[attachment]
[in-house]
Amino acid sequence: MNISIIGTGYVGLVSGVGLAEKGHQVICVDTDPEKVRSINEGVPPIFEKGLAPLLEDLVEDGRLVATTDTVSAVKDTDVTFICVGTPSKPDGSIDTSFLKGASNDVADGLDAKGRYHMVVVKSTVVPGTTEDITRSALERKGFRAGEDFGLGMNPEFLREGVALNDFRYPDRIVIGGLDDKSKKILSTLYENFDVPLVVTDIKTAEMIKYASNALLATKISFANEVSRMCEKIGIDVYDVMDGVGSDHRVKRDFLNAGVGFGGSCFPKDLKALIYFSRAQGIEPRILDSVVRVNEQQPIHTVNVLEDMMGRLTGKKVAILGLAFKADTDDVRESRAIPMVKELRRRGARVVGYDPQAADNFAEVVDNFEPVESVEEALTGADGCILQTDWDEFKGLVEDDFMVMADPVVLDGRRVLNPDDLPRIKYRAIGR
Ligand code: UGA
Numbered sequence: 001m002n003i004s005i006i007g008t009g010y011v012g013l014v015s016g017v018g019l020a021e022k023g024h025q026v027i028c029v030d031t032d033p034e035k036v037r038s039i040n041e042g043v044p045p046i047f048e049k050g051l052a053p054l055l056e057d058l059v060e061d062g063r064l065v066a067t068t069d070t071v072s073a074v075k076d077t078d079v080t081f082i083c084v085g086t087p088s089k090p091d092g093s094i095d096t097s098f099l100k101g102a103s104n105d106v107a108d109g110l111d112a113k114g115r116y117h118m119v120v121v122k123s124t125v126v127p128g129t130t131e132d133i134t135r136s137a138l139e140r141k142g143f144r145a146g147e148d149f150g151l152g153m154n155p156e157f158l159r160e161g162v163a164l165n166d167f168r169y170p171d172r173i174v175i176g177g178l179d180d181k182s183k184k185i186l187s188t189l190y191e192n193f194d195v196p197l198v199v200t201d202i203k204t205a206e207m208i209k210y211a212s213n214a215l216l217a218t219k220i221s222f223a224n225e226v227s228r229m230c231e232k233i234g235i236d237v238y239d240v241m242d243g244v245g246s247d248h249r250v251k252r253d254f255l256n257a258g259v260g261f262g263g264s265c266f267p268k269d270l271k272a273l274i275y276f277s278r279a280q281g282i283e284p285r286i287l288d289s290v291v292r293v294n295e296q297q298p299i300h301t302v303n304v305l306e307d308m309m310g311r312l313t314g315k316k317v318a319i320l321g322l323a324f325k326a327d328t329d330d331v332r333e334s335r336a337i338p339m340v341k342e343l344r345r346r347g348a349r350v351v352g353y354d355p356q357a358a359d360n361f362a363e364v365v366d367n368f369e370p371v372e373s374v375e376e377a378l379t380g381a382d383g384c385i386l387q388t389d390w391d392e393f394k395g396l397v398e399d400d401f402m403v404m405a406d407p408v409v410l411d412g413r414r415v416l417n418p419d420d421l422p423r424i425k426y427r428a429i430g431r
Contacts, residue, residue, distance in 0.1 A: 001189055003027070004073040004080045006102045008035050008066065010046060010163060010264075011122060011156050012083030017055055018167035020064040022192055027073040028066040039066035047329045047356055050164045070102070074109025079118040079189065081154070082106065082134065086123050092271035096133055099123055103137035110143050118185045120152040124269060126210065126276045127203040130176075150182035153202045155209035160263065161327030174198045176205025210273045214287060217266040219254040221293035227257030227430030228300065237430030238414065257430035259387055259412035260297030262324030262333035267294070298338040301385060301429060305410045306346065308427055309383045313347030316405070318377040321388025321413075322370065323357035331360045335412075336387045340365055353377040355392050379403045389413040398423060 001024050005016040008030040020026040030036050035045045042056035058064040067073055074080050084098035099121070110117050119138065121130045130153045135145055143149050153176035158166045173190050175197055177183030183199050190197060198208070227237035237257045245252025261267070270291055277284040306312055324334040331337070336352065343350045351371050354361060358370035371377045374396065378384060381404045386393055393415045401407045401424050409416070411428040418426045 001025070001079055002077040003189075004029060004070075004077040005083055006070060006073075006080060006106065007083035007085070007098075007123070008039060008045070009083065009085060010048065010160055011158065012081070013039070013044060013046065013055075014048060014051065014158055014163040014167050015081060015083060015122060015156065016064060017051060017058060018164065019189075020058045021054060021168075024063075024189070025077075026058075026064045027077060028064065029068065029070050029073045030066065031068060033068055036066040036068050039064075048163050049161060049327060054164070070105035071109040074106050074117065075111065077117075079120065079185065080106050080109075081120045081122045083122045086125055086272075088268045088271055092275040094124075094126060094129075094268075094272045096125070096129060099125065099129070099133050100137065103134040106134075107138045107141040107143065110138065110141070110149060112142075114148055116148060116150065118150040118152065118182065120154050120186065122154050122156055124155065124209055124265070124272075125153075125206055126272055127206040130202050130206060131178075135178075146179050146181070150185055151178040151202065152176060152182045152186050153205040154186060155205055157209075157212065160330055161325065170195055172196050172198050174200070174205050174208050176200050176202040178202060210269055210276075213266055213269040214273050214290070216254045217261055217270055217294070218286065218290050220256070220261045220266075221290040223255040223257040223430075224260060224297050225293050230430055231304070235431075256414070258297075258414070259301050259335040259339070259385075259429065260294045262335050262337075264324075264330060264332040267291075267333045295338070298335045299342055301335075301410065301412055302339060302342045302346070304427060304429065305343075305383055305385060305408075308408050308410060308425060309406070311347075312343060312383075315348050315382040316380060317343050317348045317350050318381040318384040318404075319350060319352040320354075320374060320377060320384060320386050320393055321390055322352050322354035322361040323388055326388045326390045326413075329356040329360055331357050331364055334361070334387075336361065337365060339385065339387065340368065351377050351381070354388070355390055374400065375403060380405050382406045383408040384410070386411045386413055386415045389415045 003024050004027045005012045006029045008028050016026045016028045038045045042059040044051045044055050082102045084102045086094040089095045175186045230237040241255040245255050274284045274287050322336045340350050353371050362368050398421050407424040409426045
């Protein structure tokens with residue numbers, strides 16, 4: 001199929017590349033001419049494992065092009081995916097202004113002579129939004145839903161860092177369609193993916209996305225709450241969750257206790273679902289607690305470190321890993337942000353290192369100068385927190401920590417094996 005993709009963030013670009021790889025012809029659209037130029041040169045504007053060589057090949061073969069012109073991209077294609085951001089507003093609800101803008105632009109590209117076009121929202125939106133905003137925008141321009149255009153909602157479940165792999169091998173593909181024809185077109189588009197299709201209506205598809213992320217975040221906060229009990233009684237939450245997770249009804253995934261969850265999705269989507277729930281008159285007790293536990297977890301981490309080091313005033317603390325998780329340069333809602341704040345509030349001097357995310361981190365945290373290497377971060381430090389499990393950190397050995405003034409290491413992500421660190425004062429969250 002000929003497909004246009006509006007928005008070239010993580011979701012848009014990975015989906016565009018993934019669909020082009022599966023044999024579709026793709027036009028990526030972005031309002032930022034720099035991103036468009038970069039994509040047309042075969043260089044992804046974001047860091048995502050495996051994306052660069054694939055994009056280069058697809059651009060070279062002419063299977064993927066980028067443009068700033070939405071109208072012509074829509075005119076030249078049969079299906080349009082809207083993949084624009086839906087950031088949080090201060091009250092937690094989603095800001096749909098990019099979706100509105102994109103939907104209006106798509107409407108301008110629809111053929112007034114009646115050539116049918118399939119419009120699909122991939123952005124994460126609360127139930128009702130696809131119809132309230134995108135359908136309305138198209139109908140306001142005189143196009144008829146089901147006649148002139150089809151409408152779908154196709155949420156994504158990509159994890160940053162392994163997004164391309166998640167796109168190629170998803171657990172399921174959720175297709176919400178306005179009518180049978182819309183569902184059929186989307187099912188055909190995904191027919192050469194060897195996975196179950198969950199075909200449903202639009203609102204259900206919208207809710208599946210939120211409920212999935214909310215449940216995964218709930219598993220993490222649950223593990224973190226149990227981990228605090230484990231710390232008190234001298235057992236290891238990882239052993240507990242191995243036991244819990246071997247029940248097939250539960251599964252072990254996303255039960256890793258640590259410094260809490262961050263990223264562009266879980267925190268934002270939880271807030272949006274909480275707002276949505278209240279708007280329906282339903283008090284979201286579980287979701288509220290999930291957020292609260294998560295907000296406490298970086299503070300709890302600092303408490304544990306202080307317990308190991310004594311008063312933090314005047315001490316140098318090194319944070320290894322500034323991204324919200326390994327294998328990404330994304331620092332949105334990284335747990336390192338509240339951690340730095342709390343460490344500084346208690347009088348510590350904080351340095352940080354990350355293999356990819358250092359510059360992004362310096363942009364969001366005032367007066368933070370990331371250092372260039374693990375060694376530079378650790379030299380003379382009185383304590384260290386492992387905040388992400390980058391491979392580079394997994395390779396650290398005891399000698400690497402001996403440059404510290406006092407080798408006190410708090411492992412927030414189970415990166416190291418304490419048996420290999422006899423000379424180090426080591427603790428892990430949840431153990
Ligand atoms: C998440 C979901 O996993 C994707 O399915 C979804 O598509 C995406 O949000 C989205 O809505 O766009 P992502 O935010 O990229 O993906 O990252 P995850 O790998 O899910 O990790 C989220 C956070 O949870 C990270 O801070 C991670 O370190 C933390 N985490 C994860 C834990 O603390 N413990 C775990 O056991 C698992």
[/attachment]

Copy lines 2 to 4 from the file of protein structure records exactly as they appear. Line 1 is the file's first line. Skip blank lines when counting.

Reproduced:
Amino acid sequence: MNISIIGTGYVGLVSGVGLAEKGHQVICVDTDPEKVRSINEGVPPIFEKGLAPLLEDLVEDGRLVATTDTVSAVKDTDVTFICVGTPSKPDGSIDTSFLKGASNDVADGLDAKGRYHMVVVKSTVVPGTTEDITRSALERKGFRAGEDFGLGMNPEFLREGVALNDFRYPDRIVIGGLDDKSKKILSTLYENFDVPLVVTDIKTAEMIKYASNALLATKISFANEVSRMCEKIGIDVYDVMDGVGSDHRVKRDFLNAGVGFGGSCFPKDLKALIYFSRAQGIEPRILDSVVRVNEQQPIHTVNVLEDMMGRLTGKKVAILGLAFKADTDDVRESRAIPMVKELRRRGARVVGYDPQAADNFAEVVDNFEPVESVEEALTGADGCILQTDWDEFKGLVEDDFMVMADPVVLDGRRVLNPDDLPRIKYRAIGR
Ligand code: UGA
Numbered sequence: 001m002n003i004s005i006i007g008t009g010y011v012g013l014v015s016g017v018g019l020a021e022k023g024h025q026v027i028c029v030d031t032d033p034e035k036v037r038s039i040n041e042g043v044p045p046i047f048e049k050g051l052a053p054l055l056e057d058l059v060e061d062g063r064l065v066a067t068t069d070t071v072s073a074v075k076d077t078d079v080t081f082i083c084v085g086t087p088s089k090p091d092g093s094i095d096t097s098f099l100k101g102a103s104n105d106v107a108d109g110l111d112a113k114g115r116y117h118m119v120v121v122k123s124t125v126v127p128g129t130t131e132d133i134t135r136s137a138l139e140r141k142g143f144r145a146g147e148d149f150g151l152g153m154n155p156e157f158l159r160e161g162v163a164l165n166d167f168r169y170p171d172r173i174v175i176g177g178l179d180d181k182s183k184k185i186l187s188t189l190y191e192n193f194d195v196p197l198v199v200t201d202i203k204t205a206e207m208i209k210y211a212s213n214a215l216l217a218t219k220i221s222f223a224n225e226v227s228r229m230c231e232k233i234g235i236d237v238y239d240v241m242d243g244v245g246s247d248h249r250v251k252r253d254f255l256n257a258g259v260g261f262g263g264s265c266f267p268k269d270l271k272a273l274i275y276f277s278r279a280q281g282i283e284p285r286i287l288d289s290v291v292r293v294n295e296q297q298p299i300h301t302v303n304v305l306e307d308m309m310g311r312l313t314g315k316k317v318a319i320l321g322l323a324f325k326a327d328t329d330d331v332r333e334s335r336a337i338p339m340v341k342e343l344r345r346r347g348a349r350v351v352g353y354d355p356q357a358a359d360n361f362a363e364v365v366d367n368f369e370p371v372e373s374v375e376e377a378l379t380g381a382d383g384c385i386l387q388t389d390w391d392e393f394k395g396l397v398e399d400d401f402m403v404m405a406d407p408v409v410l411d412g413r414r415v416l417n418p419d420d421l422p423r424i425k426y427r428a429i430g431r